Washington, D.C. Premiere Samuel Mockbee, the late architect and MacArthur Foundation Fellow, started the Rural Studio in 1993 as a design/build education program at Auburn University, enabling students to create striking architecture for impoverished communities in rural Alabama. With frank, passionate interviews with Mockbee, the film shows how a group of students use their creativity, ingenuity and compassion to craft a home for their charismatic client, Jimmie Lee Matthews, known to locals as Music Man because of his zeal for old R&B and Soul records. The film shows that the Rural Studio is about more than architecture and building. Mockbee’s program provides students with an experience that forever inspires them to consider how they can use their skills to better their communities. Interviews with Mockbee’s peers and scenes with those he’s influenced infuse the film with a larger discussion of architecture’s role in issues of poverty, class, race, education, social change and citizenship. Directed by Sam Wainwright Douglas. Produced by Sam Wainwright Douglas, Jack “Jay” Sanders and Sarah Ann Mockbee.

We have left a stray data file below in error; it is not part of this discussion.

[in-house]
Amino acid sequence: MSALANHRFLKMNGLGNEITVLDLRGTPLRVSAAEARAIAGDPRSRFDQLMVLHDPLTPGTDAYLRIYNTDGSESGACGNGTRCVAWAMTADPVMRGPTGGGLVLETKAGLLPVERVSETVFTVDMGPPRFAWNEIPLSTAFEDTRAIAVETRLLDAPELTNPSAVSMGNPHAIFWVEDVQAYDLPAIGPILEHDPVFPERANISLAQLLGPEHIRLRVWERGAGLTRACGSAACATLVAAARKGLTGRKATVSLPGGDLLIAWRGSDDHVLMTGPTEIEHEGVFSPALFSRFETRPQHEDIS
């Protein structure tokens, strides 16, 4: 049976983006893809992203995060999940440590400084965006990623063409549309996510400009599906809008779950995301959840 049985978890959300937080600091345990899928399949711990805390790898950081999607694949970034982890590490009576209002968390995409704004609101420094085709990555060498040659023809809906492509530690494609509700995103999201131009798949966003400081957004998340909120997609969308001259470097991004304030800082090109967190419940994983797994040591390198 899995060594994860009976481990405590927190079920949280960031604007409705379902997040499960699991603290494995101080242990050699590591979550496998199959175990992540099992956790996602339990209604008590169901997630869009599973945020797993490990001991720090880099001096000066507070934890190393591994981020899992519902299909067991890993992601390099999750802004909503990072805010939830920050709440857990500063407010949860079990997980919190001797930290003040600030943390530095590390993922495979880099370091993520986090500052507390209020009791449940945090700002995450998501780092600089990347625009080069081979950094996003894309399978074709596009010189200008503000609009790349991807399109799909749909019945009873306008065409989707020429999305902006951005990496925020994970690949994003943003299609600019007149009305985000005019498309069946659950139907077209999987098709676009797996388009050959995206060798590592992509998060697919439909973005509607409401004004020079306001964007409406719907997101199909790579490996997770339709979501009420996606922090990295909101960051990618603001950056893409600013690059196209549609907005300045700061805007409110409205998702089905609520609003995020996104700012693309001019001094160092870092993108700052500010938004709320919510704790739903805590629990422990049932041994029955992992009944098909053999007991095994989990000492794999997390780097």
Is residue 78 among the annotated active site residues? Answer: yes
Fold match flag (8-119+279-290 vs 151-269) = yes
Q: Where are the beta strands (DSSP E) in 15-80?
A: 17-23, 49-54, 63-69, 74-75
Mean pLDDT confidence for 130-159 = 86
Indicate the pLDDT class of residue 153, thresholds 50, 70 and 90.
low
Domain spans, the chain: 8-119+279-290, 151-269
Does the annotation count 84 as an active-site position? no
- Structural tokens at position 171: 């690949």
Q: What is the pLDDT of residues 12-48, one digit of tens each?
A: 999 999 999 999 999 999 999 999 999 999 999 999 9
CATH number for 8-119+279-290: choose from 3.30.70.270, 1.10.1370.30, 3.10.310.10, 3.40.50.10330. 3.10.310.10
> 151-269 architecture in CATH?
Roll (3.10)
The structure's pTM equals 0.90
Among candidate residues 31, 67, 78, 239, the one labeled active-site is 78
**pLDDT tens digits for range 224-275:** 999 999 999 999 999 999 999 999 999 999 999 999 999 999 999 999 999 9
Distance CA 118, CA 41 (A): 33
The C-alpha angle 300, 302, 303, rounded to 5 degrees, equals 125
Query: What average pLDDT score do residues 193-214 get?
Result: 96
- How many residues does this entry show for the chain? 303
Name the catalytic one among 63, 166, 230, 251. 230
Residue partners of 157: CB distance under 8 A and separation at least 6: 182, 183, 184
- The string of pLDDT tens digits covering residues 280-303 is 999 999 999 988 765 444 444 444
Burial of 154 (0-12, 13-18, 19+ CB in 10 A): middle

Introduced by Elizabeth Wilkie, Associate Public Programs Coordinator, National Building Museum. Discussion with filmmaker Sam Wainwright Douglas follows screening.